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Unread 05-20-2013, 11:24 AM   #1
BWP1000
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3.0 CRD fuel pump noise

My wife's 07 Jeep Grand Cherokee CRD has had all kinds of problems. The one I can not seem to fix is the in tank lift pump makes all kinds of hissing and serging noise. I have replaced the filter with no change. Replacing the pump makes it go a way for a little while but it came back. If you run the motor with the bleed screw on the filter open the noise goes away tell you close it. There is some flow going back to the tank but not sure if it is right amount. Also I took out and cleaned the the fuel flow solenoid on the front of the high pressure pump. Did not help and I do not know how to test to see if it is working.right.

The jeep seams to run OK but makes wife very frustrated.

Any help would be greatly appreciated.

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Unread 05-21-2013, 06:29 AM   #2
Xmind
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are you talking about the noises with the ignition on, but not running right before you start it and just after you turn the CRD off? If so, I think that is normal...errr..at least common... as it does it on mine as well. I can't hear anything when it is running though.
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Unread 05-22-2013, 09:17 PM   #3
BWP1000
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Quote:
Originally Posted by Xmind View Post
are you talking about the noises with the ignition on, but not running right before you start it and just after you turn the CRD off? If so, I think that is normal...errr..at least common... as it does it on mine as well. I can't hear anything when it is running though.

It makes the noise when the motor is running. It will make differents sounds depending on the load the motor is under. All coming from the rear tank. I will see if i can get some audio of it.

Wife called a little while ago and said the check engine light is on. Bad part is i am out of town working. i have never seen a check engine light come on as much tell me got this vehicle.
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Unread 05-22-2013, 10:27 PM   #4
Drewd
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I had same issue with my Grand Cherokee CRD. I replaced the fuel pump in the tank twice with no improvement.

Long story short: Replacing the CP3 pump fixed the problem. The cascade overflow valve on my CP3 pump was not flowing return fuel flow to gas tank sufficiently causing fuel pump in tank to work harder than normal.

Troubleshooting tip:

1. Pull codes, my issue DID NOT trigger a check engine light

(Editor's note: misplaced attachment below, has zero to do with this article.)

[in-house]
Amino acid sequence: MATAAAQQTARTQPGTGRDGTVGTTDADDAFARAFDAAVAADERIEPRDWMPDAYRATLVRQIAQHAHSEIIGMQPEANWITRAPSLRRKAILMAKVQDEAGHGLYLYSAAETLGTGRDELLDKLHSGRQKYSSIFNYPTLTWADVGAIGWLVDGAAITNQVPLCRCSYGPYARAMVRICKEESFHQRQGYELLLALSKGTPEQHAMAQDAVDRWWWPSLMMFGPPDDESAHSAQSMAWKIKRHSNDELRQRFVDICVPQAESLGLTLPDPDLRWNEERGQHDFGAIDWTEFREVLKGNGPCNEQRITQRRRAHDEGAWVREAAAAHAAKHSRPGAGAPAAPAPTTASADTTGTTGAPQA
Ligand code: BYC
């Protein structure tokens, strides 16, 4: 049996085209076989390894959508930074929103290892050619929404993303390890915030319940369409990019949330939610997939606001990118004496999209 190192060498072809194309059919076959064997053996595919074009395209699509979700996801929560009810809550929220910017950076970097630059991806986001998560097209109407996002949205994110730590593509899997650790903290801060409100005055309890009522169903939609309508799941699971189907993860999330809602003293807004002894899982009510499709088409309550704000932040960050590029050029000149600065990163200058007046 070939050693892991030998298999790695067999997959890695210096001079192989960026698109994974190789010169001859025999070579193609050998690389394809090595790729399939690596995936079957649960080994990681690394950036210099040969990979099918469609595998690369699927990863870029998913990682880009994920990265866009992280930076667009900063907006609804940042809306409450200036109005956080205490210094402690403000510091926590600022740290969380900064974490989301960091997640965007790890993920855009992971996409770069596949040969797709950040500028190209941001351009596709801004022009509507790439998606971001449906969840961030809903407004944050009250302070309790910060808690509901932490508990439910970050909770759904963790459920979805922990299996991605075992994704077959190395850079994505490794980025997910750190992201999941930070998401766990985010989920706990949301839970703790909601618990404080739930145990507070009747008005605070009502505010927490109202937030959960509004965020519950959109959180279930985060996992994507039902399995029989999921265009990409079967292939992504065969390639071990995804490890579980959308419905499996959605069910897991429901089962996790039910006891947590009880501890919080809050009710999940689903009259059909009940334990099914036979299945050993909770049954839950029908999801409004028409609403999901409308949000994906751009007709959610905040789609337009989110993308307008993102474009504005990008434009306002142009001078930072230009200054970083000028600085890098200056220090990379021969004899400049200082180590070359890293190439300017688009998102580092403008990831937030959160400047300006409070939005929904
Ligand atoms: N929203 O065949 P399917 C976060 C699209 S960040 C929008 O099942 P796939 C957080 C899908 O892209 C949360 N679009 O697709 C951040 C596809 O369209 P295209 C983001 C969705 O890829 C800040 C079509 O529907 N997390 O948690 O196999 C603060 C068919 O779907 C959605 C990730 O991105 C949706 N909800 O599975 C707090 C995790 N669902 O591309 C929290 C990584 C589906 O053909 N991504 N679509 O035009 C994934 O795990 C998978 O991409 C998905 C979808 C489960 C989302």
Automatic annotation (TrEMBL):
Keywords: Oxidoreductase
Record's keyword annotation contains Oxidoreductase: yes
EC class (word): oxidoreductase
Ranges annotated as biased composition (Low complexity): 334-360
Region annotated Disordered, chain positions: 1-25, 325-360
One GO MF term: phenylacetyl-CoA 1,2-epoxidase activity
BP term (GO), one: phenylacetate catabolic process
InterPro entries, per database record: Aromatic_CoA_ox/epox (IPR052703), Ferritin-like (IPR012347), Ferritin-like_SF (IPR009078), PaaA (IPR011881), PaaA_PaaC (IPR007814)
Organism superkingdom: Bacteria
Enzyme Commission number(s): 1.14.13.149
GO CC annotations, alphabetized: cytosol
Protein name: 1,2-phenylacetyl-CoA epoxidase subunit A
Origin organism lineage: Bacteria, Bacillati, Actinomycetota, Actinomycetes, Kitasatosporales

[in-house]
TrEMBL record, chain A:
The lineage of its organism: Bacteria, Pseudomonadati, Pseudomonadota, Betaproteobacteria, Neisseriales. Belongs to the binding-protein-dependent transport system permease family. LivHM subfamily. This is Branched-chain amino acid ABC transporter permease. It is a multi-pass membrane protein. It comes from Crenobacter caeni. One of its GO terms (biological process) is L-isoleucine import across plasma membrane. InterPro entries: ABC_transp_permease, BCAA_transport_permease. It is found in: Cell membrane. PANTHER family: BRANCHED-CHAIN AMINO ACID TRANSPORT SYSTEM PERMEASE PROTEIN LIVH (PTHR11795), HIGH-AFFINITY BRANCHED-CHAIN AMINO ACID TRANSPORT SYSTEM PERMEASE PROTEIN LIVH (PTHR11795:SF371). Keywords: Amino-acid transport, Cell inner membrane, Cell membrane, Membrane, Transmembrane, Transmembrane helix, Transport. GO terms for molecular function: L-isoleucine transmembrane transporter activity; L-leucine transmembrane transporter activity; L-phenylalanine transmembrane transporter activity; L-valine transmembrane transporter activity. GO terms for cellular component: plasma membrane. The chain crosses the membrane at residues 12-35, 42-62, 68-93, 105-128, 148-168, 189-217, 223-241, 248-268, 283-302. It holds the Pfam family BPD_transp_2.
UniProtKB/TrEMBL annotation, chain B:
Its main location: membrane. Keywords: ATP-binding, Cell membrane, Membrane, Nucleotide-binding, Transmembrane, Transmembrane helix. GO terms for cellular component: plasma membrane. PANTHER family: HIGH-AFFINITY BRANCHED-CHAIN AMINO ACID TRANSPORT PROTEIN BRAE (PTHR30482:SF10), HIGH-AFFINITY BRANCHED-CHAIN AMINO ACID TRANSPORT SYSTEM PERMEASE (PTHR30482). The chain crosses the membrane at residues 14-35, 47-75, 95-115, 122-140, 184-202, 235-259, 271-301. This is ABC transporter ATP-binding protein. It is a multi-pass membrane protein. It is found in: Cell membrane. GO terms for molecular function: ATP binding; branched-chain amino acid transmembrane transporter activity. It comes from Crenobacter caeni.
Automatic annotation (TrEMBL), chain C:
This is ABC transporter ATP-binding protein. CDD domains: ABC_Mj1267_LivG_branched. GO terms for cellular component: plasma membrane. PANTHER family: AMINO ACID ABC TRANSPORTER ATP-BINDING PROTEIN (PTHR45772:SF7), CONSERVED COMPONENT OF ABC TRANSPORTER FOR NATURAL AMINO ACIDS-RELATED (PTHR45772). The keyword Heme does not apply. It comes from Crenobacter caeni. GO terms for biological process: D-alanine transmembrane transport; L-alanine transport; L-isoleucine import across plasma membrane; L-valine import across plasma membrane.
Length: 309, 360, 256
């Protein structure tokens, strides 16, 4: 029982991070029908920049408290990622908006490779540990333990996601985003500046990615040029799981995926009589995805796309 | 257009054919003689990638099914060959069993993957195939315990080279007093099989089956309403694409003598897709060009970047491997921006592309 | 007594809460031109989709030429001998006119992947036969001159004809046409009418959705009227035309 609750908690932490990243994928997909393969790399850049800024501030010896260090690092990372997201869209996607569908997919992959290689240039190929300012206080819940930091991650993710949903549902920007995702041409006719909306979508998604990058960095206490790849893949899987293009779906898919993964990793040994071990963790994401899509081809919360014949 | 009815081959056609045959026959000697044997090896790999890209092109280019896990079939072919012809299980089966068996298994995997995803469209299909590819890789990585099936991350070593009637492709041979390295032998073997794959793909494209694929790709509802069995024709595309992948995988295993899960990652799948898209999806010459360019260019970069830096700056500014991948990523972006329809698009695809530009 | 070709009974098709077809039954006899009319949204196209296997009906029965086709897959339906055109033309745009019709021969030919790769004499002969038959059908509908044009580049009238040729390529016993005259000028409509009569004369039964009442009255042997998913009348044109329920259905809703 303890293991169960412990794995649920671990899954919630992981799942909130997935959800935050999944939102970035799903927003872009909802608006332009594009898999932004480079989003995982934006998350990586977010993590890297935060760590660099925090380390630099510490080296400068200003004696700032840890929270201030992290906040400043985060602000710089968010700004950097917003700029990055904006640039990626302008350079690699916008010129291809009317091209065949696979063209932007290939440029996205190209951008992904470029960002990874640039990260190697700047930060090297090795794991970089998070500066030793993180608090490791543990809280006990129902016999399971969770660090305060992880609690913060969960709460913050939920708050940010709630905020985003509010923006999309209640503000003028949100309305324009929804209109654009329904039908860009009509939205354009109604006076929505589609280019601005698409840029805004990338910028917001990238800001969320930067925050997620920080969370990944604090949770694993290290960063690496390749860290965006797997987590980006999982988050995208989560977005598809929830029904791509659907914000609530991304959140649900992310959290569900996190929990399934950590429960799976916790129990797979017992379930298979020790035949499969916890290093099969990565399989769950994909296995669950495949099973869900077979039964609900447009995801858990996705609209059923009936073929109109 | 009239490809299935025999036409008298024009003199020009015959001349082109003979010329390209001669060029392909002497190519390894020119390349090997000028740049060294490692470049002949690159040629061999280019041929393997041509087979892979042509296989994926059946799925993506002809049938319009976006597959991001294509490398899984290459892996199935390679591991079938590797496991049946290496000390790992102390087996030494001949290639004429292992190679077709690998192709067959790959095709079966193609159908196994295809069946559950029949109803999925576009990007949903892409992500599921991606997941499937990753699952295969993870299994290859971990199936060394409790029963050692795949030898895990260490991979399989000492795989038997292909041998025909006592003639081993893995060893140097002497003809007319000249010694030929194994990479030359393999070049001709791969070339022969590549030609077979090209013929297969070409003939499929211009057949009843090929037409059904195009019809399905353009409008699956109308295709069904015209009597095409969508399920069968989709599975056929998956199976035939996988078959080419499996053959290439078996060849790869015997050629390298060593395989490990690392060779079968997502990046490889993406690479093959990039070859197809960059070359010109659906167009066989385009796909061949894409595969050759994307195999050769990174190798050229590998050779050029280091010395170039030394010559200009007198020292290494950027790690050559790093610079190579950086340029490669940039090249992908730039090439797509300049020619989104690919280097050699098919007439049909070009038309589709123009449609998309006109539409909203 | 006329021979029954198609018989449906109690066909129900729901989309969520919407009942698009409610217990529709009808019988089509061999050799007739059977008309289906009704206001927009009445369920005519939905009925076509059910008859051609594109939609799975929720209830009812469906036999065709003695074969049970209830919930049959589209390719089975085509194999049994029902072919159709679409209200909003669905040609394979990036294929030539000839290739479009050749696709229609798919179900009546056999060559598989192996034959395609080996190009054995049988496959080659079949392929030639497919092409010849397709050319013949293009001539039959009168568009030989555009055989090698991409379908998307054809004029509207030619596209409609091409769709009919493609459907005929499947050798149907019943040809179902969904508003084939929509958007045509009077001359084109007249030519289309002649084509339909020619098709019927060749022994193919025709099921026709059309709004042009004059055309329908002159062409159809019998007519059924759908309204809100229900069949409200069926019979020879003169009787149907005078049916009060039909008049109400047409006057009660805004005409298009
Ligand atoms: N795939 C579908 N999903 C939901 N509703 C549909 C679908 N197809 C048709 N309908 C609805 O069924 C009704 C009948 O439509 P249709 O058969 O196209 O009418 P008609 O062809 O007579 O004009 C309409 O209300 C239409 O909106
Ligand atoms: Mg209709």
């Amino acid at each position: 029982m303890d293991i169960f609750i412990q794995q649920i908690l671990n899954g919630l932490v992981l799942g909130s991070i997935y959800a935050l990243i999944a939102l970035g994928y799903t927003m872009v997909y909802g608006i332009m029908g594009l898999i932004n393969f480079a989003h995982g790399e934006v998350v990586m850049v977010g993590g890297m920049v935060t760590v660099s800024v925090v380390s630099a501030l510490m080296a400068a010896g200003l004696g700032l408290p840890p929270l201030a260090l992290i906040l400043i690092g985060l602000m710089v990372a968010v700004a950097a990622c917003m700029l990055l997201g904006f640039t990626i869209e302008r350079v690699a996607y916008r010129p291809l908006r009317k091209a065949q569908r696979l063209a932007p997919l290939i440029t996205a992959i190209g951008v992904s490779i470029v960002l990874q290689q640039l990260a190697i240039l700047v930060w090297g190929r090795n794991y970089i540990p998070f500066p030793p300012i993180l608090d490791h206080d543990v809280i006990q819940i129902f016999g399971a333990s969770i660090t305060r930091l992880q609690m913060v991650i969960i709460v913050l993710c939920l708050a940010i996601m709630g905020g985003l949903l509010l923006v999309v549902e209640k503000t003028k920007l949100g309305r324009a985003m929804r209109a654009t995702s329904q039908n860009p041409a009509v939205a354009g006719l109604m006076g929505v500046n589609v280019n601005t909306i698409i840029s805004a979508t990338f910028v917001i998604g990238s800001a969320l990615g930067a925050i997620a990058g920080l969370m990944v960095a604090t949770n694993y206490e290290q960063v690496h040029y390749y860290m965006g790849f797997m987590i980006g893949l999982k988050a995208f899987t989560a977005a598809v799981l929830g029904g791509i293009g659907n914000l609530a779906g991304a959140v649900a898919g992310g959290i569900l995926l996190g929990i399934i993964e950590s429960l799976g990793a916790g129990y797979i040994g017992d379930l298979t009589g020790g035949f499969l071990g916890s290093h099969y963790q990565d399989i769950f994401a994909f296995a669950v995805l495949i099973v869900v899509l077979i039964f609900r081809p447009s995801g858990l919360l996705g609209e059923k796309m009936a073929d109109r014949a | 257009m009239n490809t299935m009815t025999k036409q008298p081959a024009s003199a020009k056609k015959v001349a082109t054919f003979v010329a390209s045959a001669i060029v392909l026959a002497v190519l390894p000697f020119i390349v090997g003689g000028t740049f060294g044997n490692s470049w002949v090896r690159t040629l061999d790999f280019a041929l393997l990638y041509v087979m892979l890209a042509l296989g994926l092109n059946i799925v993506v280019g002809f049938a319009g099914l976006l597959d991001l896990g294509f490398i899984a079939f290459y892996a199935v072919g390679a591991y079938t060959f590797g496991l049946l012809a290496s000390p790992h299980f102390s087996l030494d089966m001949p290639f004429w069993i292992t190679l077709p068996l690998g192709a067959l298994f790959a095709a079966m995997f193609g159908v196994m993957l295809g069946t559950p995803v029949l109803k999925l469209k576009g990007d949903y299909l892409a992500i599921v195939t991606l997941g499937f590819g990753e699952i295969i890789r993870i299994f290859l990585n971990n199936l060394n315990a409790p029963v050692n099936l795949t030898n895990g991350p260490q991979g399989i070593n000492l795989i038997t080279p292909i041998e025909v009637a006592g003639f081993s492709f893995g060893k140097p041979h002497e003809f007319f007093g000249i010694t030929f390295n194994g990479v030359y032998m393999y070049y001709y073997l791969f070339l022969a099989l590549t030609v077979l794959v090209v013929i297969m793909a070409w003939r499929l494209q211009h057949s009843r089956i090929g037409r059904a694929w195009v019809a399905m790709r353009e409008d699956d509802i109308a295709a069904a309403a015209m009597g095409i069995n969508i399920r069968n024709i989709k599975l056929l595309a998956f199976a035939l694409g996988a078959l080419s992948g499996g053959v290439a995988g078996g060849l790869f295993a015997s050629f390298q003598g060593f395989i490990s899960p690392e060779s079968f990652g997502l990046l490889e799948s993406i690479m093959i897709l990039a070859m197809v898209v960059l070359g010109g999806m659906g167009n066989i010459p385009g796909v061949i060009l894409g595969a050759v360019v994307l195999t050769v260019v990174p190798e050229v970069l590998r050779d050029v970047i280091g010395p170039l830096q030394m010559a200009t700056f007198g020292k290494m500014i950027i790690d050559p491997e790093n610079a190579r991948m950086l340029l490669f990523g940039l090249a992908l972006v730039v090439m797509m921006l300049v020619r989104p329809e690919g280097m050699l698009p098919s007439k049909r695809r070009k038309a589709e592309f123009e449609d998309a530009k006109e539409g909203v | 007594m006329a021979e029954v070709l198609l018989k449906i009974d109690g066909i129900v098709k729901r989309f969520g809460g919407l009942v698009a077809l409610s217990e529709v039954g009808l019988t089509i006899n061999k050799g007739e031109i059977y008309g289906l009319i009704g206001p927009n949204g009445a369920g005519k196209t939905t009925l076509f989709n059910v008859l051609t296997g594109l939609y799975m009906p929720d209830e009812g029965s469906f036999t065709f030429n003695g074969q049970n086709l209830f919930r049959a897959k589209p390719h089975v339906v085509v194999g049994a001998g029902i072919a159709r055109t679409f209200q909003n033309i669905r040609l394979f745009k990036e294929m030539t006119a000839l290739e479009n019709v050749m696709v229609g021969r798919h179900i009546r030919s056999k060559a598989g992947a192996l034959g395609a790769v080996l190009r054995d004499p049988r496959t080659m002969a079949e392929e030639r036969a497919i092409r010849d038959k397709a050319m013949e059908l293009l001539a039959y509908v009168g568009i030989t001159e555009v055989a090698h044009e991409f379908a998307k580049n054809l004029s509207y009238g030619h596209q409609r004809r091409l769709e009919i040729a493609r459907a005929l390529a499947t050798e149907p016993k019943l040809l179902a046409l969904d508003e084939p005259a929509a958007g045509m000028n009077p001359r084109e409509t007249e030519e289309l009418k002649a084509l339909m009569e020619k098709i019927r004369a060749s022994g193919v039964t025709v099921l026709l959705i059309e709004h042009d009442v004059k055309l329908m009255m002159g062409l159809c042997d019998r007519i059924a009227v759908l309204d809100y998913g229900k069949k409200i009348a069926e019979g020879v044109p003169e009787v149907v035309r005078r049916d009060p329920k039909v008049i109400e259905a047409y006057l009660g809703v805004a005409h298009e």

2. If codes are something different and unrelated to fuel system (fix it first), pull return fuel line and measure return flow at idle....at idle return flow should be at least 75% of fuel pump's gallon per minute capacity...meaning it should be more than a trickle as very little fuel is consumed at engine idle.
3. Consdier Cp3 pump issue but If you can, replace cascade overflow valve if return fuel flow is too low. If you can't get this part, replace the entire CP3 pump.

Good luck. Please let us know what the check engine light code is as this may be related to fuel system (or it may not ;-) )

If you need ANY fuel system parts please contact me. I have the following spare parts: (a) CP3 pump with new pressure control valve and cascade overflow valve (b) High pressure fuel rail with pressure relief valve
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Unread 05-23-2013, 09:27 AM   #5
Drewd
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So in my testing I did a couple of things.


(1) Immediately replace fuel filter with German made one. If China made or has more than a couple hundred miles on it, replace it. 99.8% of fuel problems can be remedied by a fuel filter replacement. Its relatively easy to do. As a diesel owner, you should always carry a spare filter/tools in your vehicle in case you get a bad batch of fuel in BFE, miles from home. Having owned 4 diesels vehicles, I've only had one batch of bad fuel that clogged my filter twice.

(1a) Bypass CP3 pump and plumb feed line to cp3 pump to return fuel line at cp3 pump using a line coupler (brass) available at any autopart store. Turn "ignition" switch to just prior to start and listen to fuel pump. Fuel pump will run for several seconds as part of start sequence. If you hear no nasty bearing/warbling like sound then you know your fuel pump is not at fault and its a restriction that is forcing it to work too hard against a restriction in your line. If you hear the loud in tank fuel pump sound, don't automatically assume pump is bad...there could be a restriction in your fuel lines. Consider blowing our your feed and fuel return lines with compressed air. Fuel pressure is 60psi from in tank lift pump so use 75-80 psi of compressed air to ensure lines aren't clogged. If lines were restricted and compressed air fixed any obstruction and in line fuel tank still makes noise with feed and returns lines connected in a loop, then and only then consider replacing in tank fuel pump.

If needed: fuel pump in fuel tank replacement procedure.
(a) With no lift available as was with my case, drive vehicle onto wheel ramps for all 4 wheels
(b) Remove rear driveshaft bolts and disconnect driveshaft from rear diff and move driveshaft away towards passenger side so you can now access the bolts holding the fuel tank.